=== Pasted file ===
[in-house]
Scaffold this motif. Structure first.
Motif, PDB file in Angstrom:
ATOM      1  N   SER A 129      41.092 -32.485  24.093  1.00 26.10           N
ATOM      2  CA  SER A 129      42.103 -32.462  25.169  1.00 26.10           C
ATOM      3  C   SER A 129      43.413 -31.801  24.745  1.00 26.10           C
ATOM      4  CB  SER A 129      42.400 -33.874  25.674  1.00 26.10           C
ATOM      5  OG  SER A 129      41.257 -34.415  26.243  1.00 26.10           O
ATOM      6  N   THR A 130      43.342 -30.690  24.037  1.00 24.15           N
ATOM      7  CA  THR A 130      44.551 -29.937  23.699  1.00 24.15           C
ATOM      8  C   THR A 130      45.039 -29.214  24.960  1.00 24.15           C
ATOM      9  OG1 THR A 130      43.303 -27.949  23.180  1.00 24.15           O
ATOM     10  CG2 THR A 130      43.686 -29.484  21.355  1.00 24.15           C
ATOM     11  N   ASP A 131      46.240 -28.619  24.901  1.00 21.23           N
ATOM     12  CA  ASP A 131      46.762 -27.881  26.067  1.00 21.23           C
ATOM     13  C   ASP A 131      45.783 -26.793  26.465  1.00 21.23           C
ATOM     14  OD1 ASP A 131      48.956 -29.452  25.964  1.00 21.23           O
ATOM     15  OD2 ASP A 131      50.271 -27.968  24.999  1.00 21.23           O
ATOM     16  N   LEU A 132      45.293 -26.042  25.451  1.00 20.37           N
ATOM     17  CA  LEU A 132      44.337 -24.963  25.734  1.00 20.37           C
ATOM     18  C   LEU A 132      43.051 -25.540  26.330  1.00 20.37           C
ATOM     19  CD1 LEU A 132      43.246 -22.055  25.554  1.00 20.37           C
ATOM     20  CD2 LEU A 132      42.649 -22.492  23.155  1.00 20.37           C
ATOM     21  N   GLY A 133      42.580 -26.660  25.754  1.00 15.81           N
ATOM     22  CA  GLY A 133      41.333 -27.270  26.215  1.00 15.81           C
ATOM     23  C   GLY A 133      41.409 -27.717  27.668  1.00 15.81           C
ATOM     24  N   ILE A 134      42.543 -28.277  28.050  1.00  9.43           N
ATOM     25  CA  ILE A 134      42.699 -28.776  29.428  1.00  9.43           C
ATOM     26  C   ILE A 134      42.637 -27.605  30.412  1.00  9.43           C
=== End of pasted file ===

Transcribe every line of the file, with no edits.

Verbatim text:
[in-house]
Scaffold this motif. Structure first.
Motif, PDB file in Angstrom:
ATOM      1  N   SER A 129      41.092 -32.485  24.093  1.00 26.10           N
ATOM      2  CA  SER A 129      42.103 -32.462  25.169  1.00 26.10           C
ATOM      3  C   SER A 129      43.413 -31.801  24.745  1.00 26.10           C
ATOM      4  CB  SER A 129      42.400 -33.874  25.674  1.00 26.10           C
ATOM      5  OG  SER A 129      41.257 -34.415  26.243  1.00 26.10           O
ATOM      6  N   THR A 130      43.342 -30.690  24.037  1.00 24.15           N
ATOM      7  CA  THR A 130      44.551 -29.937  23.699  1.00 24.15           C
ATOM      8  C   THR A 130      45.039 -29.214  24.960  1.00 24.15           C
ATOM      9  OG1 THR A 130      43.303 -27.949  23.180  1.00 24.15           O
ATOM     10  CG2 THR A 130      43.686 -29.484  21.355  1.00 24.15           C
ATOM     11  N   ASP A 131      46.240 -28.619  24.901  1.00 21.23           N
ATOM     12  CA  ASP A 131      46.762 -27.881  26.067  1.00 21.23           C
ATOM     13  C   ASP A 131      45.783 -26.793  26.465  1.00 21.23           C
ATOM     14  OD1 ASP A 131      48.956 -29.452  25.964  1.00 21.23           O
ATOM     15  OD2 ASP A 131      50.271 -27.968  24.999  1.00 21.23           O
ATOM     16  N   LEU A 132      45.293 -26.042  25.451  1.00 20.37           N
ATOM     17  CA  LEU A 132      44.337 -24.963  25.734  1.00 20.37           C
ATOM     18  C   LEU A 132      43.051 -25.540  26.330  1.00 20.37           C
ATOM     19  CD1 LEU A 132      43.246 -22.055  25.554  1.00 20.37           C
ATOM     20  CD2 LEU A 132      42.649 -22.492  23.155  1.00 20.37           C
ATOM     21  N   GLY A 133      42.580 -26.660  25.754  1.00 15.81           N
ATOM     22  CA  GLY A 133      41.333 -27.270  26.215  1.00 15.81           C
ATOM     23  C   GLY A 133      41.409 -27.717  27.668  1.00 15.81           C
ATOM     24  N   ILE A 134      42.543 -28.277  28.050  1.00  9.43           N
ATOM     25  CA  ILE A 134      42.699 -28.776  29.428  1.00  9.43           C
ATOM     26  C   ILE A 134      42.637 -27.605  30.412  1.00  9.43           C